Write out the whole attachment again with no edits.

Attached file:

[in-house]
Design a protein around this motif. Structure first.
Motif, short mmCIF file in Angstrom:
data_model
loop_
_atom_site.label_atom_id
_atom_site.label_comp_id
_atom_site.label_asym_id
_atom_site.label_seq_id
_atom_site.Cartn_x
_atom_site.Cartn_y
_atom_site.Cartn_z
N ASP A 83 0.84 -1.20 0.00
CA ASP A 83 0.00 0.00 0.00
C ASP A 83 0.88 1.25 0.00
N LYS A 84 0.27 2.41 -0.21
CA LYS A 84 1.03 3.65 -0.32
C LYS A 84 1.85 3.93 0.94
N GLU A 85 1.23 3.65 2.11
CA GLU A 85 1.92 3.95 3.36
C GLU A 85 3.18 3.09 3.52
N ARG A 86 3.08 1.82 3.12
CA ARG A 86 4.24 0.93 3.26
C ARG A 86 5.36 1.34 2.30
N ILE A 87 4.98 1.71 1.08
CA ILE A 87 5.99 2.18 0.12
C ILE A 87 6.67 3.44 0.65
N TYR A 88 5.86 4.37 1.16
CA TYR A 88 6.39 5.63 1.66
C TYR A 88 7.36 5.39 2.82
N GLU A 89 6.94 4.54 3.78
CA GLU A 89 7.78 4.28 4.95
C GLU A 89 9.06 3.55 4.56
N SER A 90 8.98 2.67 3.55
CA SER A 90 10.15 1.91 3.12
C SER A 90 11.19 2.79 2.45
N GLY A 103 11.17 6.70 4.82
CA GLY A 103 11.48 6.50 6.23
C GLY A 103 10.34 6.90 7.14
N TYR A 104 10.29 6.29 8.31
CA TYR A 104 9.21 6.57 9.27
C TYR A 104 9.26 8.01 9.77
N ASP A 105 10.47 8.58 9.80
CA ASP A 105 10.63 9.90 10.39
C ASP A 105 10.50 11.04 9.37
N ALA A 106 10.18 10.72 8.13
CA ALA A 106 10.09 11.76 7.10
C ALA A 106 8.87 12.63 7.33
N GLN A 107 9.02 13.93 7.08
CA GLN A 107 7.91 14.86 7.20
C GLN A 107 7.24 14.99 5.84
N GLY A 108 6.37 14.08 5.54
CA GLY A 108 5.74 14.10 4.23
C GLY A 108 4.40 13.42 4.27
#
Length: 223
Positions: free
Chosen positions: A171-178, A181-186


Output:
[in-house]
Design a protein around this motif. Structure first.
Motif, short mmCIF file in Angstrom:
data_model
loop_
_atom_site.label_atom_id
_atom_site.label_comp_id
_atom_site.label_asym_id
_atom_site.label_seq_id
_atom_site.Cartn_x
_atom_site.Cartn_y
_atom_site.Cartn_z
N ASP A 83 0.84 -1.20 0.00
CA ASP A 83 0.00 0.00 0.00
C ASP A 83 0.88 1.25 0.00
N LYS A 84 0.27 2.41 -0.21
CA LYS A 84 1.03 3.65 -0.32
C LYS A 84 1.85 3.93 0.94
N GLU A 85 1.23 3.65 2.11
CA GLU A 85 1.92 3.95 3.36
C GLU A 85 3.18 3.09 3.52
N ARG A 86 3.08 1.82 3.12
CA ARG A 86 4.24 0.93 3.26
C ARG A 86 5.36 1.34 2.30
N ILE A 87 4.98 1.71 1.08
CA ILE A 87 5.99 2.18 0.12
C ILE A 87 6.67 3.44 0.65
N TYR A 88 5.86 4.37 1.16
CA TYR A 88 6.39 5.63 1.66
C TYR A 88 7.36 5.39 2.82
N GLU A 89 6.94 4.54 3.78
CA GLU A 89 7.78 4.28 4.95
C GLU A 89 9.06 3.55 4.56
N SER A 90 8.98 2.67 3.55
CA SER A 90 10.15 1.91 3.12
C SER A 90 11.19 2.79 2.45
N GLY A 103 11.17 6.70 4.82
CA GLY A 103 11.48 6.50 6.23
C GLY A 103 10.34 6.90 7.14
N TYR A 104 10.29 6.29 8.31
CA TYR A 104 9.21 6.57 9.27
C TYR A 104 9.26 8.01 9.77
N ASP A 105 10.47 8.58 9.80
CA ASP A 105 10.63 9.90 10.39
C ASP A 105 10.50 11.04 9.37
N ALA A 106 10.18 10.72 8.13
CA ALA A 106 10.09 11.76 7.10
C ALA A 106 8.87 12.63 7.33
N GLN A 107 9.02 13.93 7.08
CA GLN A 107 7.91 14.86 7.20
C GLN A 107 7.24 14.99 5.84
N GLY A 108 6.37 14.08 5.54
CA GLY A 108 5.74 14.10 4.23
C GLY A 108 4.40 13.42 4.27
#
Length: 223
Positions: free
Chosen positions: A171-178, A181-186